DAY : 11 CAP Day Two

Bonjour! Ni Hao! Marhaba! From the best LDD’s Iyania, Alaysya, and Elijah!
Today we started the day with an early wake up call to R&B music. Then there was an amazing yoga session led by the Twins – Griffin and Jake. After that, we had breakfast that consisted of: Pineapple, Papaya, Toast, Ham and Cheese. Furthering through the day, we rode the Safari to the community Los Catorce to dig up more of the trenches that were built the day before and also we installed pipes to have water flow throughout the community.


After this whole trip my visions of the world have changed. From the global business aspect to the small minute communities aspect. We never think about how much that we have and even if we do it’s the luxurious things like ; cars, houses, money etc. Most material things. The people that we have helped and seen during our time in the Dominican Republic have all these things and more. But, they all don’t have the necessities like clean drinking water and sustainable ways of life. Those are things that we take for granted. The people here work almost 12 hour days 5 to 7 days a week for 300 pesos or less (which is 6 US Dollars). And they do it with a smile on their face because they know that they are making a better place for the people that rely on them. Earlier in our trip we visited a Coffee Farm. The farmers work for 8 to 4 everyday, all that work they do for people in the US to be able to pay only 3 dollars or less for a cup of coffee, and that is half of their salary. Another thing that we take for granted is the education and health care that we have access to. Just knowing that if something happens to you and you’re able to go to the hospital is way more than these people have in their entire lives. Just think about all the classes that you’ve skipped, all the chapters of books that you’ve used Sparknotes, any problem that you just copied the morning of. The kids here would kill for a single math, reading, history, or science class. This trip has just taught me so much about appreciating the little things and not taking them for granted, and I hope I’ve given you a glimpse of that.


The work we did today at Los Catorce has greatly changed the way I view tourism and the government. When tourists come to neighborhoods and communities, it can greatly destroy it. When people come to communities and spread word about it, the government will do things to make sure that beauty stays. This often causes damage to the environment and takes away from the beauty of a place and makes it artificial. Los Catorce helped me realize this because the people in the community spoke on how they used to have tourist and foreign exchange students but because of the lack of water, they no longer have either. I can assume that because of the tourist and foreign exchange students, they began to try and force an artificial factor of the community which has caused such a drought of water and basic resources. This also ties heavy into the government. Naturally, the government can’t be blamed for everything because things happen due to imperialization and colonialism however, the way governments are structured contribute to this. Governments change these naturally beautiful places and make them terrible because they want money and a way to better their economy. However, they fail to try and restore the beauty of a place when it was ruined. So, these communities, like Los Catorce, suffer due to government greed. Working at Los Catorce has made me a better person and helped me understand the real world .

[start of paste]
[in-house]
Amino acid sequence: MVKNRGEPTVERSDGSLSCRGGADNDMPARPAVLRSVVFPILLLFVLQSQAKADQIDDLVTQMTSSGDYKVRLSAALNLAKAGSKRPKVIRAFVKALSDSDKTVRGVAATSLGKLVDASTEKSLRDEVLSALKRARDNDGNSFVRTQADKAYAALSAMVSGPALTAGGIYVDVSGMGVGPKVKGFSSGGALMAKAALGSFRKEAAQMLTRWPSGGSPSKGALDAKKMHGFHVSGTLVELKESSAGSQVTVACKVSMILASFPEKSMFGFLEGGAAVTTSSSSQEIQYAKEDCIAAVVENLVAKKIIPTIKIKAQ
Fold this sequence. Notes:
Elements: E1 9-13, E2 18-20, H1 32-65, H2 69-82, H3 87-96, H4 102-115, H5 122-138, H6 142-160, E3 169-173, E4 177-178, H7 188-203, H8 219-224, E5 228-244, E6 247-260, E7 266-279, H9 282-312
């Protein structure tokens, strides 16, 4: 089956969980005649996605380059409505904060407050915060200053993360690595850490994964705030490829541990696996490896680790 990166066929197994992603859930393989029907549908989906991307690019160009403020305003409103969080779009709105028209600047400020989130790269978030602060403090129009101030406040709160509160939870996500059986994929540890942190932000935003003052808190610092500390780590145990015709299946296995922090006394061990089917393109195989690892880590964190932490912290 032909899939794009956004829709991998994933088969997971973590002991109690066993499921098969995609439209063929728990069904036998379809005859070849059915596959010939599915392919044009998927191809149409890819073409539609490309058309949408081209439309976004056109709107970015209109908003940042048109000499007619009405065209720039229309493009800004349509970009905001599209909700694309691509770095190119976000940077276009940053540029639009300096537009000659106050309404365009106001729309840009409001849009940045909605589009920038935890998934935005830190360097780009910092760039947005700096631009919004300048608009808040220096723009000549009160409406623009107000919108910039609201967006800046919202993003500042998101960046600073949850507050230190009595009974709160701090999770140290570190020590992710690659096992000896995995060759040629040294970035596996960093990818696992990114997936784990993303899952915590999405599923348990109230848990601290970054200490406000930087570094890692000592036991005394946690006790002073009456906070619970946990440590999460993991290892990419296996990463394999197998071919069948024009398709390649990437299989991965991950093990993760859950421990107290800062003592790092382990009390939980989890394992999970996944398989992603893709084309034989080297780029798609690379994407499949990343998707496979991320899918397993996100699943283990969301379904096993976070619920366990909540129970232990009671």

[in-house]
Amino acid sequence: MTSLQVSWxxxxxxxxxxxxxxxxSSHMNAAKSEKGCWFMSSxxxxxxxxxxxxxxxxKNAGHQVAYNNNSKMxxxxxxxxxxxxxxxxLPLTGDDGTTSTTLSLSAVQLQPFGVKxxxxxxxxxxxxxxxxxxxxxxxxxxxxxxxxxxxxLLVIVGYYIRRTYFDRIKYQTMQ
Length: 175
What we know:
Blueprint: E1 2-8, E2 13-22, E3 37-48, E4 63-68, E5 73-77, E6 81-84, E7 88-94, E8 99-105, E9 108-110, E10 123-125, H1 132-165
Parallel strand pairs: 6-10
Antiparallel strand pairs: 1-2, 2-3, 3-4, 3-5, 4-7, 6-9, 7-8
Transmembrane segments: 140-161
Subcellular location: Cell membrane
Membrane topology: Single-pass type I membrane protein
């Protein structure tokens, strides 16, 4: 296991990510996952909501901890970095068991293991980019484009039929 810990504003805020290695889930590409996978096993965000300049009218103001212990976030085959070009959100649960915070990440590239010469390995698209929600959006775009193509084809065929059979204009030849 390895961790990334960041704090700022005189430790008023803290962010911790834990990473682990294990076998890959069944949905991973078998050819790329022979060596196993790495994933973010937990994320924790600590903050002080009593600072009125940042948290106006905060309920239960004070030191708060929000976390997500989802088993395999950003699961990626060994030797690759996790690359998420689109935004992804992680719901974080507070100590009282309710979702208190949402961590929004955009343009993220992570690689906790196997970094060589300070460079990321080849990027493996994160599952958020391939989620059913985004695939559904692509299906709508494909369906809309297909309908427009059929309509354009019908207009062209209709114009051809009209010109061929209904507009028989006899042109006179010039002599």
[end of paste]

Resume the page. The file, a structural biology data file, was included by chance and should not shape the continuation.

Elijah – I was really impacted by the effort we put in today at Los Catorce. As we rode through the community to go to the worksite I took the time to reflect on the before and after of the work we did and I couldn’t help but think of all of the lives that we were changing. As I’ve been here I have been exposed to different situations that I would have otherwise wouldn’t have known about. One of those situations in particular that stands out is how 0% of the faucet water is drinkable. Before we started the project we got the opportunity to talk to the locals and learn more about the extent of the problem, how they feel about it, and how it affects them. At one of the houses we stopped at, the lady invited us into her house and made the entire group coffee with the limited water she had left. I couldn’t help but notice how she was willing to sacrifice one of her daily necessities in order to make us feel welcome.

And now here are a few words from our fellow Glimpers:

Jessica – Holi 🙂

Angie – Me luv you sissy xoxo

Elizabeth – Don’t forget to pick me up on Friday !

Samirah – My plants better not be dead !

Tais – Take me to wingstop

Melissa – Hi Caramel ! <3

Adam – No offense but I don’t want to come back

Griffin – Miss you guys : Addisson, Ivy, Charolotte, Santo. Also, SOTO TO THE PADRES

Jake – Give me love to the fame and Oscar and maybe a sarkis ham loretta when I get back

Mia T – Miss you guys, Gianna I got a surprise for you 🙂

Edward – Los extraño mucho y nos vemos en unos días.

Natalie – Mom put money in my bank account please <3

Halima – I miss you all very much. I can’t wait to tell you about my awesome experiences

Mia P – Estoy contando los días para verlos y contarles de mi viaje

Jimena – Ya los quiero ver, estoy contenta de verlos muy pronto